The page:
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I have a simple quadratic (with $x^2$) equation, x can Be complex too:

$$x^2+x+1=0$$

But it could be any equation, the equation above is just an example. I need to compute $x_1^{10}+x_2^{10}$, but it could have another exponents (ex: $x_1^{50}+x_2^{50}$).

I need to know, on a general case, how to find $x_1^n+x_2^n,\ n\in\mathbb{N}\ ax^2+bx+c=0,\ a\ is\ not\ 0$?

I ask this because I have to create a software which computes this (user writes the equation and the number n = exponent) and I can't find the roots always, because sometimes are complex. I think I should make use of Viete, but I don't know how to compute $x_1^n+x_2^n$.

Thank you very much!!

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  • $\begingroup$ For the given first equation, $x$ is a complex cube root of unity $\endgroup$ – lab bhattacharjee Jul 15 '16 at 18:40
  • $\begingroup$ @labbhattacharjee Thank You! Please read the entire question. I am asking for computing $x_1^n+x_2^n$ on any quadratic equation. A method, other than finding roots. $\endgroup$ – MM PP Jul 15 '16 at 18:43
  • $\begingroup$ @MMPP why are you avoiding finding roots? $\endgroup$ – Mark Jul 15 '16 at 18:43
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    $\begingroup$ See en.wikipedia.org/wiki/Newton%27s_identities $\endgroup$ – lab bhattacharjee Jul 15 '16 at 18:45
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    $\begingroup$ You can convert the roots from the quadratic formula to polar form and then compute the powers that way. $\endgroup$ – arctic tern Jul 15 '16 at 19:08
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One approach is to represent the roots in polar form, and take advantage of their symmetry. For the sake of ease of exposition, let the quadratic be monic; that is, $a = 1$. If it's not already in that form, it's trivial to convert it to a monic form.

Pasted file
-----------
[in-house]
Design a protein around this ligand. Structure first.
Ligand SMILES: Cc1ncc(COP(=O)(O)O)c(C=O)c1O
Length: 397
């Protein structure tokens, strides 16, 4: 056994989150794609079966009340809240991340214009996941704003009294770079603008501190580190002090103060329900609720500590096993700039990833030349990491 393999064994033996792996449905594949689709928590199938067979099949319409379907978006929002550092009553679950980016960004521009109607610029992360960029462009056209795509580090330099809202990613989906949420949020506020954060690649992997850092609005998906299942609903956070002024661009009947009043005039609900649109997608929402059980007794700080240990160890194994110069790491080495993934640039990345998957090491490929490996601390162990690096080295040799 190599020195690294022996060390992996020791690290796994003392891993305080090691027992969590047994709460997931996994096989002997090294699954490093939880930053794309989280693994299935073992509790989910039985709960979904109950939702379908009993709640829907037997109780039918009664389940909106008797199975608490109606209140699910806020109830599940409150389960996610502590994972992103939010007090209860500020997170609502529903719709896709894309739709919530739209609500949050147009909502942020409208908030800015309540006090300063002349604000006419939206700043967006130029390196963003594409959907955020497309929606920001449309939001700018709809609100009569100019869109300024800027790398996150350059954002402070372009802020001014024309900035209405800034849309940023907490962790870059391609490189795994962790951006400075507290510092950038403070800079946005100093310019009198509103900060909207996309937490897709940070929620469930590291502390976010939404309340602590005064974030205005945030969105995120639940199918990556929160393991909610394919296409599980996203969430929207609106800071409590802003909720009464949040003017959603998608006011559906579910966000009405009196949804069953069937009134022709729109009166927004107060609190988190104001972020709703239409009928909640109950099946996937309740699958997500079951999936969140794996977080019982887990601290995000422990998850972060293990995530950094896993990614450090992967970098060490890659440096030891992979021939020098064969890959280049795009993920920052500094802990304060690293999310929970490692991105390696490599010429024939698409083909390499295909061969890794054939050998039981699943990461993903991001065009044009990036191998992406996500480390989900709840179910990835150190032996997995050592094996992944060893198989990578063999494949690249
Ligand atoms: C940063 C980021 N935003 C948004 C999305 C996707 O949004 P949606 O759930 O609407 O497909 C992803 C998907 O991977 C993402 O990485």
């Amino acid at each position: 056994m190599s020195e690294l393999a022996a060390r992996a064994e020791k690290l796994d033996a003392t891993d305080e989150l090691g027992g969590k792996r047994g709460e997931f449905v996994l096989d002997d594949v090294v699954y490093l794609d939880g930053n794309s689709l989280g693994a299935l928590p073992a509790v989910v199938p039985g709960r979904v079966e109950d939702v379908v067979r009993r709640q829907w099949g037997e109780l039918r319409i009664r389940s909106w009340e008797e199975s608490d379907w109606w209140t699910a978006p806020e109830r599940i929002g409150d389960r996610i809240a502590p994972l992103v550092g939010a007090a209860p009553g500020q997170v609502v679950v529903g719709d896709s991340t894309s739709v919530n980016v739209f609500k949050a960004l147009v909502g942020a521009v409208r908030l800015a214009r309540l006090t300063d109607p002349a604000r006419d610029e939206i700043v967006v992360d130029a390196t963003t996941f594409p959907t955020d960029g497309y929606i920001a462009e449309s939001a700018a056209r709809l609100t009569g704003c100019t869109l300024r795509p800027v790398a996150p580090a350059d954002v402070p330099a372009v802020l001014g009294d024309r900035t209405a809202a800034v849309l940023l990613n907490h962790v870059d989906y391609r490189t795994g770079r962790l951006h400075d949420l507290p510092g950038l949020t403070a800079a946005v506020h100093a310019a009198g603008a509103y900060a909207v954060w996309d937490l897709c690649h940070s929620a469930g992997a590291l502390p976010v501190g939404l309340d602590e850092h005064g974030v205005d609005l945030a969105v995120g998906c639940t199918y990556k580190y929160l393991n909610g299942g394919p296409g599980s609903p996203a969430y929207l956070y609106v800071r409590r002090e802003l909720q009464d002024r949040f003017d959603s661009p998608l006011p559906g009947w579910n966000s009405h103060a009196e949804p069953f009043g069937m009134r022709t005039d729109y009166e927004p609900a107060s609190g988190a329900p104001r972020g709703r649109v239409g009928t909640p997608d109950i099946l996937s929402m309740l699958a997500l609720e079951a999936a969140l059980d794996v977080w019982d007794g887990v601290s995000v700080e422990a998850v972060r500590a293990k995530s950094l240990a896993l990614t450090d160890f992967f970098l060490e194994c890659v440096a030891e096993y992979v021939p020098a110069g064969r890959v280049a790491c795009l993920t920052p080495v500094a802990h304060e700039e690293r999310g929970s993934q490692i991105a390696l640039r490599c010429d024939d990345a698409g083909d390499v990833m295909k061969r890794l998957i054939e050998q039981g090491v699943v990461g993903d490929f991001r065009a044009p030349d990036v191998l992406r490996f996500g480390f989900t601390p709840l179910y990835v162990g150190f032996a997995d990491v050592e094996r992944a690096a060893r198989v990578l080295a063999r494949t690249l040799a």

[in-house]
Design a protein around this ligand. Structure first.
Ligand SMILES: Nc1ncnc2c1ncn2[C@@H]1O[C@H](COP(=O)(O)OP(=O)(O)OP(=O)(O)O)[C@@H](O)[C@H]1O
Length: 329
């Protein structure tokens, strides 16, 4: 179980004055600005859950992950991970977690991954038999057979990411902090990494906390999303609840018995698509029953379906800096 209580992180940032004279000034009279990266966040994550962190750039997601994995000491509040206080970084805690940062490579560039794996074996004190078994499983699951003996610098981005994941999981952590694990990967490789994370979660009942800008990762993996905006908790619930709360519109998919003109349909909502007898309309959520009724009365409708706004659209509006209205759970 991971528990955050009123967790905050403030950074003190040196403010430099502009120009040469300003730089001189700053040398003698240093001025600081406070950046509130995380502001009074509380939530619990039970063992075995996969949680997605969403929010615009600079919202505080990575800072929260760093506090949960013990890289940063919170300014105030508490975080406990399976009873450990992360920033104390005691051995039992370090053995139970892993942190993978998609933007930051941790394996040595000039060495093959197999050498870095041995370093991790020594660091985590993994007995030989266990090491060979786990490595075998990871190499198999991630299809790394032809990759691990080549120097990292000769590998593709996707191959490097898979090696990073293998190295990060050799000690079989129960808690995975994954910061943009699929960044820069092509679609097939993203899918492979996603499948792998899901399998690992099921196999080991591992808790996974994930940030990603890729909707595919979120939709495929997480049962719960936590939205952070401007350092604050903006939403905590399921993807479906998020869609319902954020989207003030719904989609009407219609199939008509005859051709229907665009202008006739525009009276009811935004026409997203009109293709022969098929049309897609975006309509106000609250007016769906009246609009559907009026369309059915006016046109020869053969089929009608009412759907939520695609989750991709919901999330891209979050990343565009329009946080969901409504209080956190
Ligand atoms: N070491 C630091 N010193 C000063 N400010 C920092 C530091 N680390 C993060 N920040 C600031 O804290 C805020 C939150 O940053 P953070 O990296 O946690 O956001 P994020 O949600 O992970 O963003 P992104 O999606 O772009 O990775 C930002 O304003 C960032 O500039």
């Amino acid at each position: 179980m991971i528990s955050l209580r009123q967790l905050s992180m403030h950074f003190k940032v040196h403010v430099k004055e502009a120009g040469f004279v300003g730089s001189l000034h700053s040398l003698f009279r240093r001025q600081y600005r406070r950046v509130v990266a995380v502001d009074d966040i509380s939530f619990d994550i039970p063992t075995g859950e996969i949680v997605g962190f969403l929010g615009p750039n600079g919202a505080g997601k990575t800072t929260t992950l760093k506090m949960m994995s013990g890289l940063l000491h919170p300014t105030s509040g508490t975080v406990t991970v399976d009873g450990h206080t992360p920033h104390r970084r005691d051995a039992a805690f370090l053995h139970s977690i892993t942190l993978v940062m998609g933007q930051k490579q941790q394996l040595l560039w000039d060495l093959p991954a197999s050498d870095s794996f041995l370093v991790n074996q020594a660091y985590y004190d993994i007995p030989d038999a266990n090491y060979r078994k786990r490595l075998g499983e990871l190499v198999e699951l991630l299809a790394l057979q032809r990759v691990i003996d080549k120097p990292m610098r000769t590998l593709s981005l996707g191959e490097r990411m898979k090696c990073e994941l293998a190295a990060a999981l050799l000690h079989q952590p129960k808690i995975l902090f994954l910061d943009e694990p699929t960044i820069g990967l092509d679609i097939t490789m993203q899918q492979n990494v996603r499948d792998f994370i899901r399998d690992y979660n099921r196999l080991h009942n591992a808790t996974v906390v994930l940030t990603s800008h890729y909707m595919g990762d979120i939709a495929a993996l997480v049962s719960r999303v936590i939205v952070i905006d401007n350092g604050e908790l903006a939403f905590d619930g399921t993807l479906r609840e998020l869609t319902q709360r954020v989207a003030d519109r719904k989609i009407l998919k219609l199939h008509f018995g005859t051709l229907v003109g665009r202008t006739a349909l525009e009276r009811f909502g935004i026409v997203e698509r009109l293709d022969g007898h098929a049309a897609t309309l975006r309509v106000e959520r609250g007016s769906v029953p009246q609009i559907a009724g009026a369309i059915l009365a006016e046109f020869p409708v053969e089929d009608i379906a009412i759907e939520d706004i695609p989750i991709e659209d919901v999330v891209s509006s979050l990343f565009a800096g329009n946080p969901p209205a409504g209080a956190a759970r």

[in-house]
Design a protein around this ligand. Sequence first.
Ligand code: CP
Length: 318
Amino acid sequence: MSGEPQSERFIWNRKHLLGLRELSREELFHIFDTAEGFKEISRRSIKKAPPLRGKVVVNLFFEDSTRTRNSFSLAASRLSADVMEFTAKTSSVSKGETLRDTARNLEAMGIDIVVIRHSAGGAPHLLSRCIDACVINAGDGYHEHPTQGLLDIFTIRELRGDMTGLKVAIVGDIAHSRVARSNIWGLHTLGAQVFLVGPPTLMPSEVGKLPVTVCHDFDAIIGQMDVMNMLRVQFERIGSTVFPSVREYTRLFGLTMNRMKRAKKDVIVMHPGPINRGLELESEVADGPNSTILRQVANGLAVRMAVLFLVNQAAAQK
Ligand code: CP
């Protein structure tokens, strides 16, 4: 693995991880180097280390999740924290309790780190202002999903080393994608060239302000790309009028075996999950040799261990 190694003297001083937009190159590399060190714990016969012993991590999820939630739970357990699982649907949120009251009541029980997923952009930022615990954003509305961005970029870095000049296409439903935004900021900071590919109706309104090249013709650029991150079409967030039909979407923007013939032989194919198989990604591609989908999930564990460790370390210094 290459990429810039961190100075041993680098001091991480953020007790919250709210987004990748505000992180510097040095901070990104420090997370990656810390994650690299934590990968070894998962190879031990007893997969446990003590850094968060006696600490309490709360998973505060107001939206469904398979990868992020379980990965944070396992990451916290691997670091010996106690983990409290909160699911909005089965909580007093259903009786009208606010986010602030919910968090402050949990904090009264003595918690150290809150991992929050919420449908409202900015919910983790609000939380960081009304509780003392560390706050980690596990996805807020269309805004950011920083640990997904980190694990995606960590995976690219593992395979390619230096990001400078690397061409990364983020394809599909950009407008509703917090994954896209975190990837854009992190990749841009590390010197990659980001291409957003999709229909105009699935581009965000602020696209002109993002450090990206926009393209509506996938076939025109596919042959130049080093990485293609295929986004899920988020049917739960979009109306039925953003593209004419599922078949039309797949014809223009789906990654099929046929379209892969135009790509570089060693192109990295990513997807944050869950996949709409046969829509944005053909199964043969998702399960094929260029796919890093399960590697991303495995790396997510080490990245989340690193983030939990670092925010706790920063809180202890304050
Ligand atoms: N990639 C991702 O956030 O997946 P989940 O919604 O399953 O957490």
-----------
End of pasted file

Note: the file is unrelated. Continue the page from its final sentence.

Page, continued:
If the roots are real—if $b^2-4c \geq 0$—I assume you know how to handle that. So we'll just consider the case where they're not real. In that case, $b^2-4c < 0$, and the roots are given by

$$ x_{1, 2} = \frac{-b \pm \sqrt{b^2-4c}}{2} = \frac{-b}{2} \pm \frac{\sqrt{4c-b^2}}{2}i $$

Note that $c > 0$ necessarily if the roots are not real. We can see, using the Pythagorean theorem, that $|x_1| = |x_2| = \sqrt{c}$. Now, find $\theta, 0 \leq \theta \leq \pi$ such that

$$ \cos\theta = -\frac{b}{2\sqrt{c}} $$ $$ \sin\theta = \sqrt{1-\frac{b^2}{4c}} $$

This can be done using the atan2 function in many programming languages. Then $x_{1, 2}$ can be represented as $\sqrt{c} \text{ cis } (\pm\theta) \equiv \sqrt{c} \left[\cos(\pm\theta)+i\sin(\pm\theta)\right]$. Then

$$ x_1^n = \sqrt{c^n} \text{ cis }(n \theta) $$ $$ x_2^n = \sqrt{c^n} \text{ cis } (-n\theta) $$

Since $x_1^n$ and $x_2^n$ form a conjugate pair (just as $x_1$ and $x_2$ do), we therefore have

$$ x_1^n+x_2^n = 2\sqrt{c^n}\cos (n\theta) $$

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Newton-Girard's relations are very general, so we can redo the computations in the case of two roots.

Set $x+y= s; \enspace xy=p$. We want to compute recursively the sums of powers $$P_n=x^n+y^n$$ as polynomials in $s$ and $p$.

Initialisation:

$$P_0=2,\quad P_1=s=-1, \quad P_2=x^2+y^2=s^2-2p=-1.$$

Recursion relation: \begin{align*} P_{n+1}&=(x^n+y^n)(x+y)-x^ny-xy^n=(x^n+y^n)(x+y)-xy(x^{n-1}+y^{n-1})\\ &=sP_n-pP_{n-1}. \end{align*} Thus, \begin{align*} P_3&=sP_2-pP_1=s^3-3ps\\ P_4&=sP_3-pP_2=s^4-4ps^2+2p^2\\ P_5&=sP_4-sP_3=s^4-5ps^3+5p^2s\\ \&c.&\;\&c. \end{align*}

However, for this precise equation, we have $s=-1,\enspace p=1$ and the recursion relation becomes $$P_{n+1}=-(P_n+P_{n-1}),$$ so the computation is very simple: \begin{align*} P_0&=2,&P_1&=-1,&P_2&=-1,& P_3&=2,&P_4&=-1,&P_5&=-1.\end{align*} This is more than enough to see the sequence $(P_n)$ is periodic and that $$P_n=\begin{cases}2&\text{if}\enspace n\equiv 0\mod 3,\\ -1&\text{if}\enspace n\not\equiv 0\mod 3.\end{cases} $$ So the sums are $$x_1^{10}+x_2^{10}=x_1^{50}+x_2^{50}=-1.$$

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  • $\begingroup$ It's simply $$x_{1}^{n}+x_{2}^{n}=\exp \frac{2n\pi i}{3}+\exp \frac{4n\pi i}{3}$$ $\endgroup$ – Ng Chung Tak Jul 17 '16 at 6:44
  • $\begingroup$ @Ng Chung Tak: You're absolutely right, but my point was to illustrate the use of Newton-Girard's relations in a very simple case $\endgroup$ – Bernard Jul 17 '16 at 9:26
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\begin{align*} \alpha+\beta &= -\frac{b}{a} \\ \alpha \beta &= \frac{c}{a} \\ \alpha^n+\beta^n &= (\alpha+\beta)^{n}+\sum_{k=1}^{\left \lfloor \frac{n}{2} \right \rfloor} \binom{n-k}{k} \frac{n(-\alpha \beta)^{k} (\alpha+\beta)^{n-2k}}{n-k} \\ &= (\alpha+\beta)^{n}-n\alpha \beta (\alpha+\beta)^{n-2}+ \frac{n(n-3)}{2!} \alpha^2 \beta^2 (\alpha+\beta)^{n-4}-\ldots \\ \end{align*}

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